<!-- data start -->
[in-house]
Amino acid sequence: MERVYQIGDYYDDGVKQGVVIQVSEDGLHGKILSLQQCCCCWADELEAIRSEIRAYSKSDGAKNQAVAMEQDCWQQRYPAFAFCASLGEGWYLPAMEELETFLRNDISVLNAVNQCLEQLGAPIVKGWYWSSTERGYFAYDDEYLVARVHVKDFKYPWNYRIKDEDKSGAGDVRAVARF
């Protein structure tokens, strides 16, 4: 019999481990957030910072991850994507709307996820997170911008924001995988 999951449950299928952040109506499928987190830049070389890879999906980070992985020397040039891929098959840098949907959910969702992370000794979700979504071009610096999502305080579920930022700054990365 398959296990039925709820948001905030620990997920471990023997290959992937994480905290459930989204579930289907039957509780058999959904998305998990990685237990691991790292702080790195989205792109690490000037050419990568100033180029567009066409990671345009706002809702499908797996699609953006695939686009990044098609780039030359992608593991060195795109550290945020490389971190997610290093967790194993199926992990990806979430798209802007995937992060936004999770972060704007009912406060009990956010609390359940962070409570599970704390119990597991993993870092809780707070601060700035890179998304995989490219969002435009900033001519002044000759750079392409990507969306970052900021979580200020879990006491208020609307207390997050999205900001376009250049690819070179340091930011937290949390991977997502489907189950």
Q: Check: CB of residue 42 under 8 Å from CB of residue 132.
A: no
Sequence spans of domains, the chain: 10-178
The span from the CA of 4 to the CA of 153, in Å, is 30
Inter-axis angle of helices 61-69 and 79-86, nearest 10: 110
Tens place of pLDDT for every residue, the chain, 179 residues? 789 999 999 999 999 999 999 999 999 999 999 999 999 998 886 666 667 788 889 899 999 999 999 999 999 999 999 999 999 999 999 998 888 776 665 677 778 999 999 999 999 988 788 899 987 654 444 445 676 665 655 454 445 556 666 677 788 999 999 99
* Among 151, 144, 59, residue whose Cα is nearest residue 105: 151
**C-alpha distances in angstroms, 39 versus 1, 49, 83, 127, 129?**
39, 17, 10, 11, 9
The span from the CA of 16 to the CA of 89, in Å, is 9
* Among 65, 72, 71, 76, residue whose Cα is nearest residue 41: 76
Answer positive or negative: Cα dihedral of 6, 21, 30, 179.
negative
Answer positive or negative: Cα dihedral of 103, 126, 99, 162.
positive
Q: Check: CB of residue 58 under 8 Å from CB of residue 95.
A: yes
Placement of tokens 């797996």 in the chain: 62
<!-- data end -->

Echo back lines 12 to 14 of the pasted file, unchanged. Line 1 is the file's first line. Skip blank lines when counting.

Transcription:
39, 17, 10, 11, 9
The span from the CA of 16 to the CA of 89, in Å, is 9
* Among 65, 72, 71, 76, residue whose Cα is nearest residue 41: 76